Reviewed by Jeffrey B. Remz
good, old-fashioned guitar pull typically has something to offer everyone.
And that pretty much summed up the Songs & Stories night of music with Dylan Scott, Danielle Bradbery, Matt Stell and Hailey Whitters in the first show for each in the new year.
Over the course of 90 minutes, Scott, Bradbery, Stell and Whitters offered one song at a time, sometimes with a bit of a story behind it. Each was seated (Whitters got off of her stool for her closing song, the wonderful "Everything She Ain't") accompanied by their own acoustic guitarist in a typically low-key, interactive affair where no one artist had to carry the night.
That's not to say that each one couldn't, although in varying degrees. The stage left side of the stage featuring Scott and Bradbery, the singers with the greatest vocal power. A playful Scott and his soulful drawl and supple baritone was a standout singer. Scott acknowledged that his wheelhouse is writing love songs and seemed to underscore that with songs and comments about – and sometimes at the expense of – his wife, who he's known since he's 15.
While he poked fun at her about her getting dolled up for a trip to the dentist while he was in Boston and further chiding her for recognizing Stell during a cell call to her from the stage, he also underscored that his closing number and first big hit, "My Girl," was about her.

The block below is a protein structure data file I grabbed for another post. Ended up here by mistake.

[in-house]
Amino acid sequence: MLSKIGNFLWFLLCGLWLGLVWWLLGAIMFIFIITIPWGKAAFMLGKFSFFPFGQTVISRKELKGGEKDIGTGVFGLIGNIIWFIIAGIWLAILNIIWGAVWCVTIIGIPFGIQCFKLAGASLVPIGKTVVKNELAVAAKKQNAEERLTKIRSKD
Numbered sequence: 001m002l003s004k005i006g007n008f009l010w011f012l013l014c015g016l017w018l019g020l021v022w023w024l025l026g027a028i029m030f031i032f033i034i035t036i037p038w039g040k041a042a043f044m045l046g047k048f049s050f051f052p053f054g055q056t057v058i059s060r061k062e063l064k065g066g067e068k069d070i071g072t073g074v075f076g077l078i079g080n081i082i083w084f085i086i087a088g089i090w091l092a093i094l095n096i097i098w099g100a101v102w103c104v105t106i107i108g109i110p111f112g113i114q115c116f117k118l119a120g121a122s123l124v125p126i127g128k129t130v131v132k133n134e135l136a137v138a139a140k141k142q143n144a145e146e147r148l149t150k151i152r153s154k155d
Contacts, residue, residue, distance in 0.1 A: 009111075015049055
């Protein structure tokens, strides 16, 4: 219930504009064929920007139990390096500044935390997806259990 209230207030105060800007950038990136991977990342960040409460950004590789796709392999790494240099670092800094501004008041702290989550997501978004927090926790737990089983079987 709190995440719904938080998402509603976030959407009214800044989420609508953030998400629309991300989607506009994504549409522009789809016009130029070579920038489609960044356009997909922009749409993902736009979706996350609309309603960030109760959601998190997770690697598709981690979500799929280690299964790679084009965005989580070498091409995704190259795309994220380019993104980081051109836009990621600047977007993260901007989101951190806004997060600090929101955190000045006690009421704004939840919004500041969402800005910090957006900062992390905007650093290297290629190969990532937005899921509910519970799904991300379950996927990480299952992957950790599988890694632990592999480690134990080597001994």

Scott's a small town guy at heart as evidenced by his unrecorded "Too Good To Us," about going home again. Scott may not be a country trailblazer, but he's very good at what he does.
Bradbery does not have the joie de vivre personality of Scott – she was on the serious side, but her vocal chops were something else. The winner of Season 4 of The Voice was one of those singers who seems to sing with very little effort.
Bradbery's seriousness came through in her songs, which were not simple love ditties. Maybe the cold got to her as she came out in a long jacket that seemed more like a bathrobe. The 26-year-old Texan admitted she was cold, but her voice has a lot of white hot fire power.
One might think that her closing song, "A Special Place," would be your typical feel good love song. That would be the case if that special place included "hell." And based on Bradbery's delivery, that was doubtlessly where the guy was going.
The lanky – he's 6-7 – Stell has benefitted from having hits, particularly the closing "Pray For You" with good wordplay and "Everywhere But On." He was at his most heartfelt with "That Ain't Me No More," a song (HARDY was one of its writers) lamenting the girl lost despite giving up the whiskey and short fuse.
Stell does everything well enough – from singing very good songs to a likable stage presence – but also lacked a uniqueness that Bradbery and Scott enjoyed. At the very least, Stell showed versatility.
As for Whitters, her strength is her writing. The Iowan's career is on the rise with a few worthy releases ("The Dream" and "Raised") under her belt. Of the four artists, Whitters hewed to a far more traditional country approach. That was made clear from the start with "Fillin' My Cup."
She pretty much stayed in that vein with follow-up songs "Plain Jane" and "How Far Can It Go." The latter also showed Whitters' vocal limitation. She segued into Trisha Yearwood's signature song, "She's In Love With the Boy." Not so sure that was a smart move because she doesn't come close to having the vocal dexterity of Yearwood.
This was a night to enjoy a little bit of a lot of artists in a short amount of time. The cause was right as about $29,000 was raised for St. Jude's Hospital in Memphis, Tenn. by radio station WBWL, aka "The Bull." And there was something to enjoy each of the artists. To their credit, all wanted you wishing for something more.